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October 9, 2013

Miracles of Migration X: The Black Vulture

Filed under: Uncategorized — admin @ 5:40 am

by Shyamala Rao

The Black Vulture also known as the American Black Vulture is a New World Vulture and belongs to the genus Carogyps. It is the only member of the genus. The Black Vulture is found from South Eastern United States all the way South to Chile and Uruguay. The other vulture in the United States is the Turkey vulture whose range extends from southern Canada to South America to the Tierra del Fuego. The Black Vulture lives in wide open areas and close to woodlands and shrublands. Black Vultures prefer lowlands and are not found in mountainous areas.


The Black Vulture is a large bird adult size is 25 inches in length and a wing span of 5 feet. The bird has a small unfeathered head, a hooked bill and white legs. The plumage is all black, the wings were short and broad with the legs are shorter than the tip of the tail. In flight the wings show broad white patches in the base of the primary wings. Black Vultures eat carrion and they have to rely on sight rather than smell to locate their food. They tend to watch the Turkey Vultures and often will chase off the Turkey Vultures and steal their food. Infrequently they will consume eggs and young mammals. Mostly they feed on carrion.


The Black Vultures breed towards the end of winter and before spring begins, the eggs are laid in a cavity in a tree, in a log or just on the ground in wooded areas. The female lays 2 eggs, both parents incubate the eggs and the eggs hatch in 4 to 6 weeks. It is 2 months before the chicks fledge. Both parents feed the chicks until they fledge. The eggs and chicks are in danger from predators such as raccoons and foxes. The adult bird is not vulnerable to predation. The adult black vulture is aggressive.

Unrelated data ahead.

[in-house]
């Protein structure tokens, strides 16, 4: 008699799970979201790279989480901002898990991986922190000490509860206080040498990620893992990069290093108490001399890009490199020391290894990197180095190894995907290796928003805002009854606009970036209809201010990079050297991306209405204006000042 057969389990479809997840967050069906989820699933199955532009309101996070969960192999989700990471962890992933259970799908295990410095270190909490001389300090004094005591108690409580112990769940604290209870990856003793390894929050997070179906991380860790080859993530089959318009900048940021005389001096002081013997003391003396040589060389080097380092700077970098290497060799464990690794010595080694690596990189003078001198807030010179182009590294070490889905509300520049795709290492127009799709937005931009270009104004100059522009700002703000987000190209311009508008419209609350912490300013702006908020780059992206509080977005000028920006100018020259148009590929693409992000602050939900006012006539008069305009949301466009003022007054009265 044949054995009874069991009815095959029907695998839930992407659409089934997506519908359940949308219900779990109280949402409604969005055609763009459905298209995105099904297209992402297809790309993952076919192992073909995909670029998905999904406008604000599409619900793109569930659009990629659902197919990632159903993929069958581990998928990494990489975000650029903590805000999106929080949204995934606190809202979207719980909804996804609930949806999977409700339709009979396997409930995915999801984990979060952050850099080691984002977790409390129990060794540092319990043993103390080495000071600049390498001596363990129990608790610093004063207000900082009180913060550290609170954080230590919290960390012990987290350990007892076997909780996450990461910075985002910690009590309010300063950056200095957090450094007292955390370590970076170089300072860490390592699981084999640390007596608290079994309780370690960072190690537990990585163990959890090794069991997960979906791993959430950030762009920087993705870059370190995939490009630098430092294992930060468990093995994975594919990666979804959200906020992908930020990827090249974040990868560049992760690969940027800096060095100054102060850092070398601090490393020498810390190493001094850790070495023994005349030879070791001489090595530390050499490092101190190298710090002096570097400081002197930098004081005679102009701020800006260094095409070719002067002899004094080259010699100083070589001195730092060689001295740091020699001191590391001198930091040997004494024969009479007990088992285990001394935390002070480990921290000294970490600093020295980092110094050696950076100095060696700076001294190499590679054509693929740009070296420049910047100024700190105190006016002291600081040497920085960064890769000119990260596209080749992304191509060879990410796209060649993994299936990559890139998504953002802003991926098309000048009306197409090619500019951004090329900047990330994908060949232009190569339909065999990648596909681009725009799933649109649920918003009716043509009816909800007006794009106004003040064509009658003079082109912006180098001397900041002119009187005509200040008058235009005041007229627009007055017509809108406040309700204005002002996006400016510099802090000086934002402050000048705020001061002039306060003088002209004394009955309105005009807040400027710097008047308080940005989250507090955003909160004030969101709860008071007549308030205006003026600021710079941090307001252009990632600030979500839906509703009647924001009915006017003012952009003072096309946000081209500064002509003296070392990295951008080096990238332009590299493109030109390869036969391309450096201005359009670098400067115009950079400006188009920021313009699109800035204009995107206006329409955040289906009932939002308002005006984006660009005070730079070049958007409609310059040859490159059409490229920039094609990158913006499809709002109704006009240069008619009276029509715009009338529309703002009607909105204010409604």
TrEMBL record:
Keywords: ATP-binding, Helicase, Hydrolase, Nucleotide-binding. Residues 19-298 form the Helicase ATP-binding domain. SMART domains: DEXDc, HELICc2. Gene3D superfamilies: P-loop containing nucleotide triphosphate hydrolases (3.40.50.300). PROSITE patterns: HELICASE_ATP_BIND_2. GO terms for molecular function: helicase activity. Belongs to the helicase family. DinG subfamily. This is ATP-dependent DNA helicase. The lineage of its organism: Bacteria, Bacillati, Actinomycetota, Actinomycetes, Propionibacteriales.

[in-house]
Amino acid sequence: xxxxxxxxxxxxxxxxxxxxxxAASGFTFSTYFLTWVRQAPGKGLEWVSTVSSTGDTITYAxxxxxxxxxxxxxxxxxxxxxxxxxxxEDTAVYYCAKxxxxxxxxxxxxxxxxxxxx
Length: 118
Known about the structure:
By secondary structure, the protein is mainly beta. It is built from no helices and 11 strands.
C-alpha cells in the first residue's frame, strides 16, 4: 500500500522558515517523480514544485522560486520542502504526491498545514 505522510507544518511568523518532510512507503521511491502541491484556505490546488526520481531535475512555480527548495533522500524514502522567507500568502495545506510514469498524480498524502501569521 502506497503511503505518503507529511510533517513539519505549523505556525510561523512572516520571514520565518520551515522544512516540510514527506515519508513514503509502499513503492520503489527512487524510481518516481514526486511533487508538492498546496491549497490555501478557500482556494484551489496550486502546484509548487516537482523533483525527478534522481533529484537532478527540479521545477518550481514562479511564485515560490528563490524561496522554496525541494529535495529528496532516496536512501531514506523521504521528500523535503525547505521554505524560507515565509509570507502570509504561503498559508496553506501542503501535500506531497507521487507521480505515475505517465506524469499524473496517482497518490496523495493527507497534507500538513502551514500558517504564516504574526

The Black Vultures may be resident and stay in Texas year round or they may migrate to Central and South America. The migrating colonies leave North America in October and November. These are large heavy birds and cannot handle long powered flights. They have to glide and engage in soaring flights. These flights do not take as much energy as powered flying does. The birds migrate in the daytime and in large groups. During Hawk Watches it is common to see long streams of various types of Hawks and Both Turkey and Black Vultures engaged in soaring and gliding on thermal currents heading out to the Southern Hemisphere. In the last days of winter and definitely before spring the vultures return to their nesting and breeding grounds.

1 Comment »

  1. A superb rundown on the Black vulture! Actually, I find pleasure in photographing both the Blacks and Turkeys when I see them solo or in groups. After all, they do fit into our lives and are quite unique. Many people are not aware that the Blacks will often kill newborn calves, lambs, goats, etc., rather than sit and wait for death to happen. A couple years ago I observed three Blacks on fence posts watching two newborn goats. They sat patiently waiting for the proper timing … fortunately, the adult goat became aware of their intentions and let the kids to join up with the remainder of the herd.

    Very informative and well-written!

    Comment by Jim Baines — November 1, 2013 @ 11:09 am

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